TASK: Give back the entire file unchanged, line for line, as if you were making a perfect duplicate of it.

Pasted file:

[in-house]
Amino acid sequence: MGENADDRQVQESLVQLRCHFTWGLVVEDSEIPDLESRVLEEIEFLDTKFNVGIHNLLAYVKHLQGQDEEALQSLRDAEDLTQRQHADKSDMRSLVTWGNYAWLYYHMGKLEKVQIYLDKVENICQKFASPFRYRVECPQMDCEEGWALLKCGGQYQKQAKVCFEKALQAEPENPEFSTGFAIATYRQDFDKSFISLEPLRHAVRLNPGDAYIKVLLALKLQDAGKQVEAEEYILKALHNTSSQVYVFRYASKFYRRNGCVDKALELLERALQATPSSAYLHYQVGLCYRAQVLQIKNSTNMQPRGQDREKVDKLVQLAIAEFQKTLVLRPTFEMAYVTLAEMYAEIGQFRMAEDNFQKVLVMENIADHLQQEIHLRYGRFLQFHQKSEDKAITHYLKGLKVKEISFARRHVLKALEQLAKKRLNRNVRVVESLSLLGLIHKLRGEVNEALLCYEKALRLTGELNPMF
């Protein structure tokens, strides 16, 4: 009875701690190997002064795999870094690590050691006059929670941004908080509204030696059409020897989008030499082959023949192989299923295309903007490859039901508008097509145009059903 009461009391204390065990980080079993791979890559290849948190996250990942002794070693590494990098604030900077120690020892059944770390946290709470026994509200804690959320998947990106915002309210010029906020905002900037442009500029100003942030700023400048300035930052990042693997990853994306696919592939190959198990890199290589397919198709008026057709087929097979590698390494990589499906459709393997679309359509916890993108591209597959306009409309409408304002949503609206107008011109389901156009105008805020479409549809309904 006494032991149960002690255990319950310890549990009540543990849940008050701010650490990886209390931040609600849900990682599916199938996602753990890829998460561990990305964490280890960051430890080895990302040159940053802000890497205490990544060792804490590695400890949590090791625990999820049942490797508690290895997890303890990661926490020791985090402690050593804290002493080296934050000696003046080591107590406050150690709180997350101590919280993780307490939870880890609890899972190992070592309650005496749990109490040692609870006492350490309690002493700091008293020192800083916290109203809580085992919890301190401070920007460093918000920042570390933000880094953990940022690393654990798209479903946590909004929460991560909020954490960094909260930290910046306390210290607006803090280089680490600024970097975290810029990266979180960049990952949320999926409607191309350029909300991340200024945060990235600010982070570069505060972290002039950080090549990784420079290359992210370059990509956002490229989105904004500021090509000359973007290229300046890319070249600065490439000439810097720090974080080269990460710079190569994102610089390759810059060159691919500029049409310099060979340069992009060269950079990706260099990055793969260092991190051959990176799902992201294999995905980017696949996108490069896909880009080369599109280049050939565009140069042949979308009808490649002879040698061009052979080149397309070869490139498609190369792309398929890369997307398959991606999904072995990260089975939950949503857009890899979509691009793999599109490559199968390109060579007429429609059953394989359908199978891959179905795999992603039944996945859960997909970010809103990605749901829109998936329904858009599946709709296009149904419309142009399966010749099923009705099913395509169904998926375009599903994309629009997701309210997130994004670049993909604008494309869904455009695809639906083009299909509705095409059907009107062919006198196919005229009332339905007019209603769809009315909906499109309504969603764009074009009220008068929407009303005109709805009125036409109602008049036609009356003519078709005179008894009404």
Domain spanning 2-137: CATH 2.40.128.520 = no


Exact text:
[in-house]
Amino acid sequence: MGENADDRQVQESLVQLRCHFTWGLVVEDSEIPDLESRVLEEIEFLDTKFNVGIHNLLAYVKHLQGQDEEALQSLRDAEDLTQRQHADKSDMRSLVTWGNYAWLYYHMGKLEKVQIYLDKVENICQKFASPFRYRVECPQMDCEEGWALLKCGGQYQKQAKVCFEKALQAEPENPEFSTGFAIATYRQDFDKSFISLEPLRHAVRLNPGDAYIKVLLALKLQDAGKQVEAEEYILKALHNTSSQVYVFRYASKFYRRNGCVDKALELLERALQATPSSAYLHYQVGLCYRAQVLQIKNSTNMQPRGQDREKVDKLVQLAIAEFQKTLVLRPTFEMAYVTLAEMYAEIGQFRMAEDNFQKVLVMENIADHLQQEIHLRYGRFLQFHQKSEDKAITHYLKGLKVKEISFARRHVLKALEQLAKKRLNRNVRVVESLSLLGLIHKLRGEVNEALLCYEKALRLTGELNPMF
């Protein structure tokens, strides 16, 4: 009875701690190997002064795999870094690590050691006059929670941004908080509204030696059409020897989008030499082959023949192989299923295309903007490859039901508008097509145009059903 009461009391204390065990980080079993791979890559290849948190996250990942002794070693590494990098604030900077120690020892059944770390946290709470026994509200804690959320998947990106915002309210010029906020905002900037442009500029100003942030700023400048300035930052990042693997990853994306696919592939190959198990890199290589397919198709008026057709087929097979590698390494990589499906459709393997679309359509916890993108591209597959306009409309409408304002949503609206107008011109389901156009105008805020479409549809309904 006494032991149960002690255990319950310890549990009540543990849940008050701010650490990886209390931040609600849900990682599916199938996602753990890829998460561990990305964490280890960051430890080895990302040159940053802000890497205490990544060792804490590695400890949590090791625990999820049942490797508690290895997890303890990661926490020791985090402690050593804290002493080296934050000696003046080591107590406050150690709180997350101590919280993780307490939870880890609890899972190992070592309650005496749990109490040692609870006492350490309690002493700091008293020192800083916290109203809580085992919890301190401070920007460093918000920042570390933000880094953990940022690393654990798209479903946590909004929460991560909020954490960094909260930290910046306390210290607006803090280089680490600024970097975290810029990266979180960049990952949320999926409607191309350029909300991340200024945060990235600010982070570069505060972290002039950080090549990784420079290359992210370059990509956002490229989105904004500021090509000359973007290229300046890319070249600065490439000439810097720090974080080269990460710079190569994102610089390759810059060159691919500029049409310099060979340069992009060269950079990706260099990055793969260092991190051959990176799902992201294999995905980017696949996108490069896909880009080369599109280049050939565009140069042949979308009808490649002879040698061009052979080149397309070869490139498609190369792309398929890369997307398959991606999904072995990260089975939950949503857009890899979509691009793999599109490559199968390109060579007429429609059953394989359908199978891959179905795999992603039944996945859960997909970010809103990605749901829109998936329904858009599946709709296009149904419309142009399966010749099923009705099913395509169904998926375009599903994309629009997701309210997130994004670049993909604008494309869904455009695809639906083009299909509705095409059907009107062919006198196919005229009332339905007019209603769809009315909906499109309504969603764009074009009220008068929407009303005109709805009125036409109602008049036609009356003519078709005179008894009404």
Domain spanning 2-137: CATH 2.40.128.520 = no